This expansion project resulted in the creation of 35 new jobs, a $300,000 private sector investment in Mingo County, and additionally provided the MCRA with nearly $170,000 more in annual revenue. Other business expansions included JP Technical Services leasing the 6,000 square-foot warehouse and office building formerly leased to Intertractor, which Johnson said created 20 new jobs, a $450,000 private sector investment, and $36,000 in additional revenue for the MCRA; a lease agreement with Mingo Paving & Sealing agreeing to operate a rock quarry at the industrial park that will create two new jobs, $50,000 in private sector capital investment, and $18,000 additional annual revenue for the MCRA; and the construction of a new substation by AEP at the industrial park which represents $14,000,000 in capital investment. J
ohnson said a multi-million-dollar coal to fertilizer facility at the industrial park — a project being undertaken by Alternative Clean Energy (ACE) and non-profit Wind Hollow Foundation Inc. both West Virginia corporations — began pre-construction in 2022 as well, with plans for a two-year construction phase to be completed by 2025. Infrastructure expansion, she said, included a $3.3 million Congressional Direct Spending Appropriation that will complete the last 1.7 miles of the Appalachian Regional Airport’s access road; a $2.1 million U. S. Economic Development Administration Economic Adjustment Assistance Award to construct a wastewater treatment plant at the airport; the completion of the Twisted Gun Gap Recreational Area Water Extension project, also funded by an Economic Adjustment Assistance Award and that is expected to facilitate more than $2 million in capital investments; and the long-awaited opening of the Twin Branch Drag Strip, which translates into a $1.5 million capital investment.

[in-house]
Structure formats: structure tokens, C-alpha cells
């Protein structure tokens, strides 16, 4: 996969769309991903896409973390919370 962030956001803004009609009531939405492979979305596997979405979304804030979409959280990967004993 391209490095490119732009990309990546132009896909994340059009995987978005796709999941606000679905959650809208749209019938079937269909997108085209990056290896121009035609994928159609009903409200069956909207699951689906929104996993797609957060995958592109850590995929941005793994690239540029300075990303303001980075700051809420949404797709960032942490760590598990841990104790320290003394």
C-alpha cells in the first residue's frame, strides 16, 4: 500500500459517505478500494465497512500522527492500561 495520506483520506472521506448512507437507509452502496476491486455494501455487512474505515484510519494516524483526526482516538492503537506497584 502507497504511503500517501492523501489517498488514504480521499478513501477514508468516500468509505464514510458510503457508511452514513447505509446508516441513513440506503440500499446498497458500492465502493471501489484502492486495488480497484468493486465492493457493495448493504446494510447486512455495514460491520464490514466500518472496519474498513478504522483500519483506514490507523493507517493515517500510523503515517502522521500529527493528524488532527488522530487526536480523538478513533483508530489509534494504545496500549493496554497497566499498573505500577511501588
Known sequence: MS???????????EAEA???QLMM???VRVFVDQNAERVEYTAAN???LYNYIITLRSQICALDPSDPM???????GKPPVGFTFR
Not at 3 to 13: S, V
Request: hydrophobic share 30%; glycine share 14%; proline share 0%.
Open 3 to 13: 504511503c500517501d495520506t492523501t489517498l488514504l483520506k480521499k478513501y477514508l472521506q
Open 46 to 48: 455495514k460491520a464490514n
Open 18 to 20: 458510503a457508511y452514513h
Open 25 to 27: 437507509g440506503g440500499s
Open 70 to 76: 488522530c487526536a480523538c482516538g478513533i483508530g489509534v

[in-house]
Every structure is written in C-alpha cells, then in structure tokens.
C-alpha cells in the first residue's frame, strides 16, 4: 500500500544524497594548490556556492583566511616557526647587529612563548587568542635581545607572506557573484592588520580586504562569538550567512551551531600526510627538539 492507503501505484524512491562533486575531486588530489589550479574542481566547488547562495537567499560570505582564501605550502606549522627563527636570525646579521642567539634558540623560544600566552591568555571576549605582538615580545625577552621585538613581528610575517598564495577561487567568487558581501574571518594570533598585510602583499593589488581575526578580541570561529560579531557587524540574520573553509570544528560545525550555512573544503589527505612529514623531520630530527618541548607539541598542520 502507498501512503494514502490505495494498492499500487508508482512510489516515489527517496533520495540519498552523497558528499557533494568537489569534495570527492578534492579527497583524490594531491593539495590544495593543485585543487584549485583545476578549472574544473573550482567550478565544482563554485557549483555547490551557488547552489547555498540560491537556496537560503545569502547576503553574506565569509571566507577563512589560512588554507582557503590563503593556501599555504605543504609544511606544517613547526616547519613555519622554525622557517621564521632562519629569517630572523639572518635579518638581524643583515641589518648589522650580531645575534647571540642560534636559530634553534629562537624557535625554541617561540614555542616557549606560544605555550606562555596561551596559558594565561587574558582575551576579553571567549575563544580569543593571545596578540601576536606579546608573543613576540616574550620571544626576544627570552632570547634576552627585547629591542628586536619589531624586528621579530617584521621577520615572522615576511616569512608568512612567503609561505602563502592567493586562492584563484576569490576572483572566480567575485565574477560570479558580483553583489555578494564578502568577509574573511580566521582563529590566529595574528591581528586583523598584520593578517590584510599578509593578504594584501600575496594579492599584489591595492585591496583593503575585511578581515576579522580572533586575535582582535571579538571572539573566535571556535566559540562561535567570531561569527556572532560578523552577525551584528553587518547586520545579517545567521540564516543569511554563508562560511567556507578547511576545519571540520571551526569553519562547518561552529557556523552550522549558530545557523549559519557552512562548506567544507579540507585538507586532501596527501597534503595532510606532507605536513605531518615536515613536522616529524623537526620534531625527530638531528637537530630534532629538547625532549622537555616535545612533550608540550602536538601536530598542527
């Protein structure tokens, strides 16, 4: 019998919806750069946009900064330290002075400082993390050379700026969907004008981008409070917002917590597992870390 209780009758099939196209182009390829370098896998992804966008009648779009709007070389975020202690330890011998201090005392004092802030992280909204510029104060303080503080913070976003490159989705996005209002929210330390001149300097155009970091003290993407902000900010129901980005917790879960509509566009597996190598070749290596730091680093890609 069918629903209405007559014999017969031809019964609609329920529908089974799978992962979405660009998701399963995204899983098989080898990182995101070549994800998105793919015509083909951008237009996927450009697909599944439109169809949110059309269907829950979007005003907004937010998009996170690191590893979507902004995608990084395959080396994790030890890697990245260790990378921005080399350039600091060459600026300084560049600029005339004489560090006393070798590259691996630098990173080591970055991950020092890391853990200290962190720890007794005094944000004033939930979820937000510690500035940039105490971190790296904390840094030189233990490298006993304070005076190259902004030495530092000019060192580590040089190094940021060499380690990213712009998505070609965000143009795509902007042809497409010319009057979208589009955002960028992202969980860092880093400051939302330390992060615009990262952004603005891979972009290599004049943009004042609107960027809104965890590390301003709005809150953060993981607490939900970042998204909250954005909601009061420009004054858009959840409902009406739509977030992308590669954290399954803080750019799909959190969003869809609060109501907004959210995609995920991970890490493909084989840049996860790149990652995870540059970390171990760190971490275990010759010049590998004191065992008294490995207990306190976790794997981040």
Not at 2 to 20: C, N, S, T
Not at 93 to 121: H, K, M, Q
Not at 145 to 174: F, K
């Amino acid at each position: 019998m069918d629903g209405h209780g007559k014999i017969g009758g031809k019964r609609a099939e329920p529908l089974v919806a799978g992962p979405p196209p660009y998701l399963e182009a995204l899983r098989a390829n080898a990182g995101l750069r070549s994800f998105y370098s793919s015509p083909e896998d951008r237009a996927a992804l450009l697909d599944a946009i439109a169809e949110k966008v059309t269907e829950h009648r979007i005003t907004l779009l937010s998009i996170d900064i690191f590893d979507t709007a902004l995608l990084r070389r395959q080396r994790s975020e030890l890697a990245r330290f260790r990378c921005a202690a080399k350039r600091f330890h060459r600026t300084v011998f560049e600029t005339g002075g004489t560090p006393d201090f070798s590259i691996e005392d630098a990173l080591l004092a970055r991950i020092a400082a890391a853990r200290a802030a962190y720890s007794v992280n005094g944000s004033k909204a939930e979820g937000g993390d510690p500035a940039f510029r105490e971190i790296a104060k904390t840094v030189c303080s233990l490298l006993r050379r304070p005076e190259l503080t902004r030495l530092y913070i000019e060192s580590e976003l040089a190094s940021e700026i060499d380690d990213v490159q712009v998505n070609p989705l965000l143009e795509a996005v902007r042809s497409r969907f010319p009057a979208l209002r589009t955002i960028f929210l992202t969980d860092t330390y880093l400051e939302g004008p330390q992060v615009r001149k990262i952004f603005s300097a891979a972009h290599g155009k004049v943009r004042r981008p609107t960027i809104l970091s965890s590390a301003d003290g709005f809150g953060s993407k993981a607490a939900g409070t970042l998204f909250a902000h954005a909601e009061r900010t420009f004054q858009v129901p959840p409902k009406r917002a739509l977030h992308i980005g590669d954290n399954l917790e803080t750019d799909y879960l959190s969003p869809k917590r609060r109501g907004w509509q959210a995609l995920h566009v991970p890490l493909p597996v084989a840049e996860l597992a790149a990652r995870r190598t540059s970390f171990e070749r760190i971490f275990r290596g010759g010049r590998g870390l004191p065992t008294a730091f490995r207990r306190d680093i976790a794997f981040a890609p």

Project developments included a solar system being installed at the Blue Acre Appalachian Aquaponics, which translated into a $90,000 capital investment; and a $60 million investment by AEP ($30 million in Mingo County) to begin construction of the Mingo/Logan Broadband Pilot project that will bring “fiber-to-the-home and wireless broadband solutions” to more than 13,000 un-served homes, businesses, schools, healthcare and government offices in these two counties. In total, Johnson said, the MCRA’s successes and outcomes in 2022 resulted in the creation of 35 new businesses, more than $1 million in capital expansions as a result of the Business Assistance Program, 111 direct jobs, $282,000 more in revenue for the Redevelop Authority than the previous year, $44 million in grant awards, and nearly $18 million in capital investments. “To say there is more going on in Mingo right now is an understatement, and I’m very proud of our work,” Johnson said.